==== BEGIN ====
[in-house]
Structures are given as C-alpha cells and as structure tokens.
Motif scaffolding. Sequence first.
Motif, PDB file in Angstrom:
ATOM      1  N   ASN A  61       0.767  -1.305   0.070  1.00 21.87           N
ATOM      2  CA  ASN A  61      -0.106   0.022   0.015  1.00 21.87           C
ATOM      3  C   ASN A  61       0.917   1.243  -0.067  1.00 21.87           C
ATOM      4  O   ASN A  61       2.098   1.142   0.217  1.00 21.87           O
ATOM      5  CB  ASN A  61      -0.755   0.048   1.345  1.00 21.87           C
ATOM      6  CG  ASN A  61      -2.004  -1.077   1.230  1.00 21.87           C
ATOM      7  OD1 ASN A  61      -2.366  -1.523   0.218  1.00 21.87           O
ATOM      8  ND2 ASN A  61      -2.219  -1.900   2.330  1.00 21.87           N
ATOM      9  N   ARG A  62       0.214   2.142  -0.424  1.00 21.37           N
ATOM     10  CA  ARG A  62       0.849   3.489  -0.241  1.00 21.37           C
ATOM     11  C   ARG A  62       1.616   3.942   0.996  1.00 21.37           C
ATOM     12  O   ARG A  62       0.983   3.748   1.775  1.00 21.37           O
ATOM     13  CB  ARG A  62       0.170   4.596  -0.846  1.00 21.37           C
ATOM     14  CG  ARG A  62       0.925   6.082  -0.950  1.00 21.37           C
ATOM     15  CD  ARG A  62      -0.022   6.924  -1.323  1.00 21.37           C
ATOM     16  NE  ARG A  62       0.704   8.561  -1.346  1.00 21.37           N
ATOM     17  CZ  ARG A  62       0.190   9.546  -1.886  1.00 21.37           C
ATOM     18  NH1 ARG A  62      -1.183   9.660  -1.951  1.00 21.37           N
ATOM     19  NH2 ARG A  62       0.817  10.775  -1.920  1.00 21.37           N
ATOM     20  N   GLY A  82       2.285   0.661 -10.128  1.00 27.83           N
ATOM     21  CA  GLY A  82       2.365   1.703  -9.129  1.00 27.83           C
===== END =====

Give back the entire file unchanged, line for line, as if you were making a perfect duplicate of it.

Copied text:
[in-house]
Structures are given as C-alpha cells and as structure tokens.
Motif scaffolding. Sequence first.
Motif, PDB file in Angstrom:
ATOM      1  N   ASN A  61       0.767  -1.305   0.070  1.00 21.87           N
ATOM      2  CA  ASN A  61      -0.106   0.022   0.015  1.00 21.87           C
ATOM      3  C   ASN A  61       0.917   1.243  -0.067  1.00 21.87           C
ATOM      4  O   ASN A  61       2.098   1.142   0.217  1.00 21.87           O
ATOM      5  CB  ASN A  61      -0.755   0.048   1.345  1.00 21.87           C
ATOM      6  CG  ASN A  61      -2.004  -1.077   1.230  1.00 21.87           C
ATOM      7  OD1 ASN A  61      -2.366  -1.523   0.218  1.00 21.87           O
ATOM      8  ND2 ASN A  61      -2.219  -1.900   2.330  1.00 21.87           N
ATOM      9  N   ARG A  62       0.214   2.142  -0.424  1.00 21.37           N
ATOM     10  CA  ARG A  62       0.849   3.489  -0.241  1.00 21.37           C
ATOM     11  C   ARG A  62       1.616   3.942   0.996  1.00 21.37           C
ATOM     12  O   ARG A  62       0.983   3.748   1.775  1.00 21.37           O
ATOM     13  CB  ARG A  62       0.170   4.596  -0.846  1.00 21.37           C
ATOM     14  CG  ARG A  62       0.925   6.082  -0.950  1.00 21.37           C
ATOM     15  CD  ARG A  62      -0.022   6.924  -1.323  1.00 21.37           C
ATOM     16  NE  ARG A  62       0.704   8.561  -1.346  1.00 21.37           N
ATOM     17  CZ  ARG A  62       0.190   9.546  -1.886  1.00 21.37           C
ATOM     18  NH1 ARG A  62      -1.183   9.660  -1.951  1.00 21.37           N
ATOM     19  NH2 ARG A  62       0.817  10.775  -1.920  1.00 21.37           N
ATOM     20  N   GLY A  82       2.285   0.661 -10.128  1.00 27.83           N
ATOM     21  CA  GLY A  82       2.365   1.703  -9.129  1.00 27.83           C